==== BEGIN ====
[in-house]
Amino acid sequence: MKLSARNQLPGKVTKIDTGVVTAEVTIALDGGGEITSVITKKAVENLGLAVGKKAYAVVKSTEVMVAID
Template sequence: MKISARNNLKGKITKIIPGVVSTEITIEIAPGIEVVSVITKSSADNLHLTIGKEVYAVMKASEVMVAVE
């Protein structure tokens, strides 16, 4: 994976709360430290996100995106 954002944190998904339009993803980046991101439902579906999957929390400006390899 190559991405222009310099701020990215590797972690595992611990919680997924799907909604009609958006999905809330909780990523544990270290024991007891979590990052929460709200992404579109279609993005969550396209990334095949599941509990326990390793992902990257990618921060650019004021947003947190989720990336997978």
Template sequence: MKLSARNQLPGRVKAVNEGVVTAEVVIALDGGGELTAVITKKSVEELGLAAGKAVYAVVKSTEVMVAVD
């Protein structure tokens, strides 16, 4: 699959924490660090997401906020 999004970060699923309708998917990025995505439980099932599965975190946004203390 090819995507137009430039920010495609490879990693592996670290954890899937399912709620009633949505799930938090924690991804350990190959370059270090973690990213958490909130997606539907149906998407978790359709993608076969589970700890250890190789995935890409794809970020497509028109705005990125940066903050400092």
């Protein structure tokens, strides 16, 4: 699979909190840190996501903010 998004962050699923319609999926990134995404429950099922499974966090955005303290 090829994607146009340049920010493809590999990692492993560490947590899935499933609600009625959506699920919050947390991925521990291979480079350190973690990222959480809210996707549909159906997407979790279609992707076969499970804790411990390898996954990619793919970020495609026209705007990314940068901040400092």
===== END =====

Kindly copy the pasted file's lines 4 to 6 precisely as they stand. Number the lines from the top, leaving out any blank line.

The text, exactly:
């Protein structure tokens, strides 16, 4: 994976709360430290996100995106 954002944190998904339009993803980046991101439902579906999957929390400006390899 190559991405222009310099701020990215590797972690595992611990919680997924799907909604009609958006999905809330909780990523544990270290024991007891979590990052929460709200992404579109279609993005969550396209990334095949599941509990326990390793992902990257990618921060650019004021947003947190989720990336997978």
Template sequence: MKLSARNQLPGRVKAVNEGVVTAEVVIALDGGGELTAVITKKSVEELGLAAGKAVYAVVKSTEVMVAVD
């Protein structure tokens, strides 16, 4: 699959924490660090997401906020 999004970060699923309708998917990025995505439980099932599965975190946004203390 090819995507137009430039920010495609490879990693592996670290954890899937399912709620009633949505799930938090924690991804350990190959370059270090973690990213958490909130997606539907149906998407978790359709993608076969589970700890250890190789995935890409794809970020497509028109705005990125940066903050400092």